When the motorcycle stopped before Cemetery Lodge, my heart-beat was deafening. Please God, let it be that Uncle Dayo wasn’t at home. Let it be that he had gone to the mountain where he would pray for 21 days and 21 nights…
‘You live in the cemetery,’ Helen said. I got down the bike with a burning nose. Micah chuckled. ‘We live opposite the cemetery,’ he corrected.
She inspected the atmosphere with her nose and eyes, mostly with her nose. ‘O gosh, this is too rural.’
I paid the bikeman and reached for Helen’s suitcase. ‘I thought you were serving in Oshogbo,’ she said.
I live in Ohio, I was tempted to say. Micah chuckled as I grabbed hold of the suitcase and my temper. God please make me deaf (and dumb!) for the rest of her stay here, I prayed. We carried Helen’s luggage inside without meeting Dayo or any other obstacle on the way. At the door, Micah whispered into my ear, ‘Where will she go toilet?’
‘When we get there we cross it,’ I said hotly.
Micah laughed. I hissed. Helen looked at me. ‘Is like you have hot temper o.’
You never see anything.
Helen was lying on the bed with her beautiful head on my lap. She was wearing bum shorts under something that was too small to be called a vest and too large to be called brassieres which cut her breasts into two, revealing the larger chunk. This and the sight of her most striking legs left my mouth waterless. But somewhere inside of me, the fear of Dayo/NCCF kept me civil.
Helen was having a wonderful time. She was sucking a lollypop and chattering. She would suck the sweet then feed me the sweet; I would suck for few seconds, then she would remove it and return it into her handsome mouth. So romantic. I just wished this was happening in 2017, a million miles from Osun.
Somehow, my hand fell on her chest.
‘I thought you were crippled.’ She laughed.
As I began to caress a knock sounded on the door. My hand snapped off as though it had been laid on electric cooker. I listened. The knock increased in sound and urgency.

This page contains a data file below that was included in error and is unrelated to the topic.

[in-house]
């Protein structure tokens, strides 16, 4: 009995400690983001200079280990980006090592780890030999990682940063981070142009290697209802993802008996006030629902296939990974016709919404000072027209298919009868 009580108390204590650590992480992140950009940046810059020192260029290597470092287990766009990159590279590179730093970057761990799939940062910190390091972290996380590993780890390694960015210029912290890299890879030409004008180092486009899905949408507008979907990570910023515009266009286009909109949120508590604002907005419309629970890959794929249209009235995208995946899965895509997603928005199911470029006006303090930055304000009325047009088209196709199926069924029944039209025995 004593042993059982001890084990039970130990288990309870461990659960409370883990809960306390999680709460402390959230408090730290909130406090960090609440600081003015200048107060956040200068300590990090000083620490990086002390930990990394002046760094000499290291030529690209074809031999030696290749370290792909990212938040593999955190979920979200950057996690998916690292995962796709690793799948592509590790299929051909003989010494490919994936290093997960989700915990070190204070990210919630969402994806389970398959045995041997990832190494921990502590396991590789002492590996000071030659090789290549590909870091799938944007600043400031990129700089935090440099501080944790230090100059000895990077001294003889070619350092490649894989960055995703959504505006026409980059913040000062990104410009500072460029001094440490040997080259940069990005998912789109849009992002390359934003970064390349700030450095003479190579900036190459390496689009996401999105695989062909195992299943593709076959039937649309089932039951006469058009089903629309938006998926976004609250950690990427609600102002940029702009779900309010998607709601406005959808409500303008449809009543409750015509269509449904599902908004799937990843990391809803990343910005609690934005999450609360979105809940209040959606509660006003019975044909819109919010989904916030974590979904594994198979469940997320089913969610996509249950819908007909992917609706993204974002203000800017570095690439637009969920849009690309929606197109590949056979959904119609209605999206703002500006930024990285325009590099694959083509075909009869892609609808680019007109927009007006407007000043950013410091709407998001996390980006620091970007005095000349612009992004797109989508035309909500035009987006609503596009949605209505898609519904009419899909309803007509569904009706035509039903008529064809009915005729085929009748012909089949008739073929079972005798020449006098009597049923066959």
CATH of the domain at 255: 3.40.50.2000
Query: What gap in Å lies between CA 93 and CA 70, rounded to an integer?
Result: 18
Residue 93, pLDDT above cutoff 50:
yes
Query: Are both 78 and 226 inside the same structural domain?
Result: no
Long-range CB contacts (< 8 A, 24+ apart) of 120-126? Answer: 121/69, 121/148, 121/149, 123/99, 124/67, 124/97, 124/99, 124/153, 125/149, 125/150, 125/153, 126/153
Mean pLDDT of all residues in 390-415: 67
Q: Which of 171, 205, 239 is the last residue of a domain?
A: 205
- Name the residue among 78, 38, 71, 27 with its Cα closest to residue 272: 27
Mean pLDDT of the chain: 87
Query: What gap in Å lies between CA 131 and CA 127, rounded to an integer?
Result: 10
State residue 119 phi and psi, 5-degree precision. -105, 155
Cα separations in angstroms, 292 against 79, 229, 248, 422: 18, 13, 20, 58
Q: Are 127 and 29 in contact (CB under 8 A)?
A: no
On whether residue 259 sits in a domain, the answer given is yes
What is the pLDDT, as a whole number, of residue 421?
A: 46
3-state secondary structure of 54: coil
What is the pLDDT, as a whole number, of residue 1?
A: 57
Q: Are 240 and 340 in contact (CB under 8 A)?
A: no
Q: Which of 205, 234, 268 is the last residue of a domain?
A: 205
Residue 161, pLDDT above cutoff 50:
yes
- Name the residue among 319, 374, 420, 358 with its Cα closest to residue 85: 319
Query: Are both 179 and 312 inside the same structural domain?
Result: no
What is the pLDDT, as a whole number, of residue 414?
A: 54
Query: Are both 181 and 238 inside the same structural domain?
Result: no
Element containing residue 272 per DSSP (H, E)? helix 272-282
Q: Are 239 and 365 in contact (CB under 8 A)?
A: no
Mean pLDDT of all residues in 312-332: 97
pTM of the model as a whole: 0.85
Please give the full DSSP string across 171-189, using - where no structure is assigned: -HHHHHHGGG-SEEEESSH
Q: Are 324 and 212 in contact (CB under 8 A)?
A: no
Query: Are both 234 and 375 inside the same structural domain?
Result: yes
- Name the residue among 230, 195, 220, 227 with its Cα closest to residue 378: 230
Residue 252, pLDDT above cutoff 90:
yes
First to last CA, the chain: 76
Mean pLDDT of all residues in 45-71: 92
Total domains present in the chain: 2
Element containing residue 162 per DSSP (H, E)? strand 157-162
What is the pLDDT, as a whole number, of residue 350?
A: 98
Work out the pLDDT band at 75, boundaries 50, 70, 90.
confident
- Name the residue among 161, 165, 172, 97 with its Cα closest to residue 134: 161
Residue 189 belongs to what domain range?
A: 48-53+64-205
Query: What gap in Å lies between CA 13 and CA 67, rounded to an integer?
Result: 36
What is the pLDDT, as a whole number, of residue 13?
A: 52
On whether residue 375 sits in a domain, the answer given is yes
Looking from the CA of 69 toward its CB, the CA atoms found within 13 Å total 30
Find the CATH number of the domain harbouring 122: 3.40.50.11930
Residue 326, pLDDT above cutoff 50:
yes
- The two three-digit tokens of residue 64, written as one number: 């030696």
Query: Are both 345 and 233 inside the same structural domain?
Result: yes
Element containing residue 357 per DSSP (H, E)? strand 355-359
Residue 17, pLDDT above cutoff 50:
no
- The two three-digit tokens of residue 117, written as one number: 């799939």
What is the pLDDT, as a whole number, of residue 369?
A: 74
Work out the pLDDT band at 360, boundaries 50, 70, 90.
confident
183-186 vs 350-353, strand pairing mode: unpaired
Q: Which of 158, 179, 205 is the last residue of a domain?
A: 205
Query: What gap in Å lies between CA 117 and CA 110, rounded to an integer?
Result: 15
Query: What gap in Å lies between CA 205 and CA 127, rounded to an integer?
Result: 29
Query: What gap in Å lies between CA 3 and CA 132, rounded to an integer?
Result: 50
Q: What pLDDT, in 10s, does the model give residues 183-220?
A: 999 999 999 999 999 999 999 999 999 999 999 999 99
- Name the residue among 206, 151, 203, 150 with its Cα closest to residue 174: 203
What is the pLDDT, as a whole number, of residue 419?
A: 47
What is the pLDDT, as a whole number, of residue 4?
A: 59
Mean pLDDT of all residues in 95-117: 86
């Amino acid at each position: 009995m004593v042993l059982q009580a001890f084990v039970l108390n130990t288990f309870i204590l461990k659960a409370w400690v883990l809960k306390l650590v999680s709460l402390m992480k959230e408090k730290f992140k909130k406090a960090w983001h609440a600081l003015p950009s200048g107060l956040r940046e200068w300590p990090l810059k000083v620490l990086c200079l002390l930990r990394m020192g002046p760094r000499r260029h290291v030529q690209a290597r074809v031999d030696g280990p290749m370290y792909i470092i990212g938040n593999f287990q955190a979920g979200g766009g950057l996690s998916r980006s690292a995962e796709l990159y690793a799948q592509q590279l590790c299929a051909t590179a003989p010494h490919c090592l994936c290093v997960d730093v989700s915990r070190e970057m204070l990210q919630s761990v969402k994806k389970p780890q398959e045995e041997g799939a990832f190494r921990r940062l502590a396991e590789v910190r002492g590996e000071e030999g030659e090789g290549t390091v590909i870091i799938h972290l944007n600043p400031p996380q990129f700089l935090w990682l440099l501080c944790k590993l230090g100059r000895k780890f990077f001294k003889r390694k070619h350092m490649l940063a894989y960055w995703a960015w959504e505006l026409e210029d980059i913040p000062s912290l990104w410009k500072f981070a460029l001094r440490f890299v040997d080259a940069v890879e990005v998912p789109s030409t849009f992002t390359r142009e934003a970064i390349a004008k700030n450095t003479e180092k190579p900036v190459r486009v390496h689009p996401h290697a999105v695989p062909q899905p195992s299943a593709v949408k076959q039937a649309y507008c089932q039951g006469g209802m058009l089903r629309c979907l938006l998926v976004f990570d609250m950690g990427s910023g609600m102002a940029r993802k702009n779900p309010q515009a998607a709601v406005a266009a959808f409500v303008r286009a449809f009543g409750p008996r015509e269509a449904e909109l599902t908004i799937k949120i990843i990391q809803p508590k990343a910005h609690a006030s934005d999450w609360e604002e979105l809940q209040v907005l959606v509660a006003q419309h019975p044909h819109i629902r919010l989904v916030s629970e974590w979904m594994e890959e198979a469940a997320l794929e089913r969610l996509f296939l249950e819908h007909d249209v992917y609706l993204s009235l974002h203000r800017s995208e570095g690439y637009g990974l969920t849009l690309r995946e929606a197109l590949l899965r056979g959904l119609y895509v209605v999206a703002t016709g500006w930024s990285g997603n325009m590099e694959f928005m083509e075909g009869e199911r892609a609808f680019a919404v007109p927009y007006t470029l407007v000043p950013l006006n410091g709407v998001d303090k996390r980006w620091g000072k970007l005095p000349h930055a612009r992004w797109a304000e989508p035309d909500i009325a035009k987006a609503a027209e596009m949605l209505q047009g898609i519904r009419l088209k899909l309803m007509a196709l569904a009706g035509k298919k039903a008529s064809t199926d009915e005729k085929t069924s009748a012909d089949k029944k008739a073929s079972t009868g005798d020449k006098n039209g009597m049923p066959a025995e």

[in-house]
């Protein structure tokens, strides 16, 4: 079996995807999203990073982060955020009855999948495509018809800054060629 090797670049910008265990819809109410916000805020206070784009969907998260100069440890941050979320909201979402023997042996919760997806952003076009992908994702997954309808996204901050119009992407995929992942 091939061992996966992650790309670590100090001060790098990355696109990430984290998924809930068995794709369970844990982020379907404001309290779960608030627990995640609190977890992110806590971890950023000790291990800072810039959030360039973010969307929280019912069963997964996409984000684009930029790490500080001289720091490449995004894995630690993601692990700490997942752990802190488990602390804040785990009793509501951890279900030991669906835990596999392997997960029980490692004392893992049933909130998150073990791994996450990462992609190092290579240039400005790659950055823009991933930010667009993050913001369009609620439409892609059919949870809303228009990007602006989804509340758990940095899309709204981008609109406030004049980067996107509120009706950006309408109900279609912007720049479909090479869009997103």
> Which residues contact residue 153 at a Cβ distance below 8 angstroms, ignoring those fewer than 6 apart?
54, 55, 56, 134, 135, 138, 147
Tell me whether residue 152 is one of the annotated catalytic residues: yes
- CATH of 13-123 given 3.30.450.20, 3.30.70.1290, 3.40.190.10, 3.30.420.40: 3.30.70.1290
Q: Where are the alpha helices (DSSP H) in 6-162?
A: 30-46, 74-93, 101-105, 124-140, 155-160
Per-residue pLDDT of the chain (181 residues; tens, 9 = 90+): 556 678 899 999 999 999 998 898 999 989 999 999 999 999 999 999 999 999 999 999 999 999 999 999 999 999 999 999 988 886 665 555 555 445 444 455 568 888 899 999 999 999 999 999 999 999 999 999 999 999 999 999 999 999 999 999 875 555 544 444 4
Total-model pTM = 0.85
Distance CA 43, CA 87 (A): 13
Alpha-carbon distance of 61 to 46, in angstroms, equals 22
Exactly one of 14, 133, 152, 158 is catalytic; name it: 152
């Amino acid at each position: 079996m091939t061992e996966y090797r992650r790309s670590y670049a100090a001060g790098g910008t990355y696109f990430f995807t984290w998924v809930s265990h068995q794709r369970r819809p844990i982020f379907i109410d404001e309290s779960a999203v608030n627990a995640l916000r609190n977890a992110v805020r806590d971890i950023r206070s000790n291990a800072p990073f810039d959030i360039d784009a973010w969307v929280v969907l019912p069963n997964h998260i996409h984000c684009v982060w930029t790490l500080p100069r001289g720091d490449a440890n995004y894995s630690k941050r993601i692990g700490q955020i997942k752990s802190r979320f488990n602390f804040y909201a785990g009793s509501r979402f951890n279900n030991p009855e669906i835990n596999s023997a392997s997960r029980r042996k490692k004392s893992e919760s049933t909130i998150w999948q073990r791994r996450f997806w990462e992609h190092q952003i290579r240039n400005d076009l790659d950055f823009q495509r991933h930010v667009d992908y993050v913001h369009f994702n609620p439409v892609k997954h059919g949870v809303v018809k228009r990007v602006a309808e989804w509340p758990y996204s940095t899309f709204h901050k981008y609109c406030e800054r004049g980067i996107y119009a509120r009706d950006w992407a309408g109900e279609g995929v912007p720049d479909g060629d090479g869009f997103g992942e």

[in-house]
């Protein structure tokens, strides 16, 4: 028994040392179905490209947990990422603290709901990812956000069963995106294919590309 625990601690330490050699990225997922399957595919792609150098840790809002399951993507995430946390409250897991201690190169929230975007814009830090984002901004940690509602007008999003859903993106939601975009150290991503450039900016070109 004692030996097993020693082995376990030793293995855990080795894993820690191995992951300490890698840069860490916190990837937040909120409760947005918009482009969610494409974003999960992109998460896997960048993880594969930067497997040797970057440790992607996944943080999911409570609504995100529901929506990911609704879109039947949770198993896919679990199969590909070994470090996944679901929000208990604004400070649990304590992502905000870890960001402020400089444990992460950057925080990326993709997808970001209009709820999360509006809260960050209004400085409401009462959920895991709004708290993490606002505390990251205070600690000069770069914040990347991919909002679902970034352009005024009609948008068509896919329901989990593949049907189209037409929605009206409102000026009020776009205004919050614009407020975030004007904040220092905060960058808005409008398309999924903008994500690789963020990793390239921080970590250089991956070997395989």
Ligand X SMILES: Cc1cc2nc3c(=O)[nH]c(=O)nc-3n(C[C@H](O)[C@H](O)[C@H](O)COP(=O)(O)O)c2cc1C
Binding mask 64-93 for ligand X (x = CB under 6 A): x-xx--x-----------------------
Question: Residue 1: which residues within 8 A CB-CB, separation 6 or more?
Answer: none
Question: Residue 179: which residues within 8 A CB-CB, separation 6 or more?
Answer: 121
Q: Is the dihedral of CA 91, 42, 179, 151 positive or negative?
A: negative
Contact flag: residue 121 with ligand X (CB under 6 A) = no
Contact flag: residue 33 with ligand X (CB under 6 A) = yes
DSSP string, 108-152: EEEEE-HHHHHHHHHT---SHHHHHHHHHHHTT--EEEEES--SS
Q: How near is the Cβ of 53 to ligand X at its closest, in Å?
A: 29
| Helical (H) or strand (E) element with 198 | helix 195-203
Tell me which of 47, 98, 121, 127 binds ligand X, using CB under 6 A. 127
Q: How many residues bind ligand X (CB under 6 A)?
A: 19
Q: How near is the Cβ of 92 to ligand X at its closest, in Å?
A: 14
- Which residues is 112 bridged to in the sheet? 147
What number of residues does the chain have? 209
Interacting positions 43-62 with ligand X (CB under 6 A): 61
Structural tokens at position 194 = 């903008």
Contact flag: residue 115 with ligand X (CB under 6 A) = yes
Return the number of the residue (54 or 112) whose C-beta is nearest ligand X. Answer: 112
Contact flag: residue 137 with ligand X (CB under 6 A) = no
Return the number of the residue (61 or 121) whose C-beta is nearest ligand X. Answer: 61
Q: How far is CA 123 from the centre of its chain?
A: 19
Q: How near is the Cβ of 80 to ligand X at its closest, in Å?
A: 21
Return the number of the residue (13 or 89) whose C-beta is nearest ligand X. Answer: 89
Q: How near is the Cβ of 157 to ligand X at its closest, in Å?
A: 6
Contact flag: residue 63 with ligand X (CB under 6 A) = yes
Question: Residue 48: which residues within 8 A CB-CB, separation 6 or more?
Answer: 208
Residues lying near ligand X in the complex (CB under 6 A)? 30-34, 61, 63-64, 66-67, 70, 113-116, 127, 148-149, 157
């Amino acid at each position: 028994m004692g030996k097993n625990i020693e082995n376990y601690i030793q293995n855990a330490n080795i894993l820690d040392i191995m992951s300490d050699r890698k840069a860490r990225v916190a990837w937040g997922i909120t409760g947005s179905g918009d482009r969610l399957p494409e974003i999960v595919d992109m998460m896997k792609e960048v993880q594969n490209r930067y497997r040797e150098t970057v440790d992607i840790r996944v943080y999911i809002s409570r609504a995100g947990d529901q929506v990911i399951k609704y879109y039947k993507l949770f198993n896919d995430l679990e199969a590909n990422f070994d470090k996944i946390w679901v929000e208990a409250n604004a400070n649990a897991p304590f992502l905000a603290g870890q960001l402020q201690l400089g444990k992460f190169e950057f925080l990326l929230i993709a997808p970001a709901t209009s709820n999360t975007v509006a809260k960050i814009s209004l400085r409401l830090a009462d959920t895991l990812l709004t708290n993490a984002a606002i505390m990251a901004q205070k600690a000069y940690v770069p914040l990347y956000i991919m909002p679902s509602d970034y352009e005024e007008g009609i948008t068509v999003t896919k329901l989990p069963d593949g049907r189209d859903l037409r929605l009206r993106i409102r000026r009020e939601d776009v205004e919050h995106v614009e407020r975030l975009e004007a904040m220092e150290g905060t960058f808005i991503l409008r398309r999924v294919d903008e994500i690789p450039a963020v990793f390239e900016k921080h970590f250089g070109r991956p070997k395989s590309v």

‘Who is it?’ I couldn’t recognise my voice.
‘It is me,’ Uncle Dayo said. My heart sank.
‘Who is that?’ Helen asked as she put the lollipop in my mouth.
‘Please get up and put on something decent,’ I said.
Helen frowned. ‘Why?’
‘Kings, open the door na,’ Uncle called. I looked at Helen, ‘Please get something; it’s the NCCF uncle…’
‘And so? Is he a virgin?
I blinked at her.
She frowned at me. ‘Are you a virgin?’
‘What arrant nonsense,’ Helen said as she rose to her feet. ‘If he has never seen a woman in bum shorts before, let him say so.’
As Helen made for the door, the lollipop fell off my mouth.
I am taking a break. The other day, I was talking to a lady I like real well and she suddenly said, ‘Mehn, you are thin, you need to fleshen up’. I went to the mirror and I didn’t like what I saw. I decided something must pay for my stress. I brought out my axe, I looked around, I saw my blog and kpam, I axed it. I am going away in search of rest or whatever (not even sure), have been blogging constantly since January. Haba! I don’t know when I will come back and won’t speculate. In this era of false prophecies, count me out. I may come back after one week, or one month, or two years, or never. Only the father knoweth. I shall return like a pickpocket in the night. Two people shall be gisting in their room, and suddenly one person will receive my blog alert on email; two people will be strolling on Facebook and one of them will stumble on my link. Somebody will be sipping garri and groundnut and my call will interrupt to announce my return…
For now, I will just relax, maybe sit on a balcony, with a binocular and watch as co-bloggers scurry around chasing traffic in a country where people are too hungry to read. What the people really need is bread link, not blog link, aswear. God help us.
Thanks to everyone who reads me, who shares me, who talks about Hard Voices, you have kept me in business. God bless all of una, and make you bigger than the next bet (just for reading a blog? why not!) See you when we see. Kisses.
Tweets to @Oke4chukwu